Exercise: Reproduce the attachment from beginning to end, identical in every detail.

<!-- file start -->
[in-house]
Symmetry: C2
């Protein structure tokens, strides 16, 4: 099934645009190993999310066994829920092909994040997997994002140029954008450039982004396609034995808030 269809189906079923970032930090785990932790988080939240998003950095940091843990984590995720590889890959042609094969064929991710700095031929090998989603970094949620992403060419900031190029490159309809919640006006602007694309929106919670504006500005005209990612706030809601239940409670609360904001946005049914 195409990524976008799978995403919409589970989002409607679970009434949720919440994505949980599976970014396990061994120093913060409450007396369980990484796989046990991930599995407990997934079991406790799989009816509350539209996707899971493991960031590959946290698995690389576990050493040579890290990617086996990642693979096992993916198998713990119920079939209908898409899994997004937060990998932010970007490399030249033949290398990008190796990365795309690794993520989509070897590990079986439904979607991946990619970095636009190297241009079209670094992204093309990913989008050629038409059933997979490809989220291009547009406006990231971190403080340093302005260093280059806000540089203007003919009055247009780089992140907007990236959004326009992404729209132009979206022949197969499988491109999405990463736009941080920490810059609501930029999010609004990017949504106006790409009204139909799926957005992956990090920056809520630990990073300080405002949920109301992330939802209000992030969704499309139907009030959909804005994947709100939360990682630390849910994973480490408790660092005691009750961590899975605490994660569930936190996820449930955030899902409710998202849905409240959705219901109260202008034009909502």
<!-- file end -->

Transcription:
[in-house]
Symmetry: C2
């Protein structure tokens, strides 16, 4: 099934645009190993999310066994829920092909994040997997994002140029954008450039982004396609034995808030 269809189906079923970032930090785990932790988080939240998003950095940091843990984590995720590889890959042609094969064929991710700095031929090998989603970094949620992403060419900031190029490159309809919640006006602007694309929106919670504006500005005209990612706030809601239940409670609360904001946005049914 195409990524976008799978995403919409589970989002409607679970009434949720919440994505949980599976970014396990061994120093913060409450007396369980990484796989046990991930599995407990997934079991406790799989009816509350539209996707899971493991960031590959946290698995690389576990050493040579890290990617086996990642693979096992993916198998713990119920079939209908898409899994997004937060990998932010970007490399030249033949290398990008190796990365795309690794993520989509070897590990079986439904979607991946990619970095636009190297241009079209670094992204093309990913989008050629038409059933997979490809989220291009547009406006990231971190403080340093302005260093280059806000540089203007003919009055247009780089992140907007990236959004326009992404729209132009979206022949197969499988491109999405990463736009941080920490810059609501930029999010609004990017949504106006790409009204139909799926957005992956990090920056809520630990990073300080405002949920109301992330939802209000992030969704499309139907009030959909804005994947709100939360990682630390849910994973480490408790660092005691009750961590899975605490994660569930936190996820449930955030899902409710998202849905409240959705219901109260202008034009909502």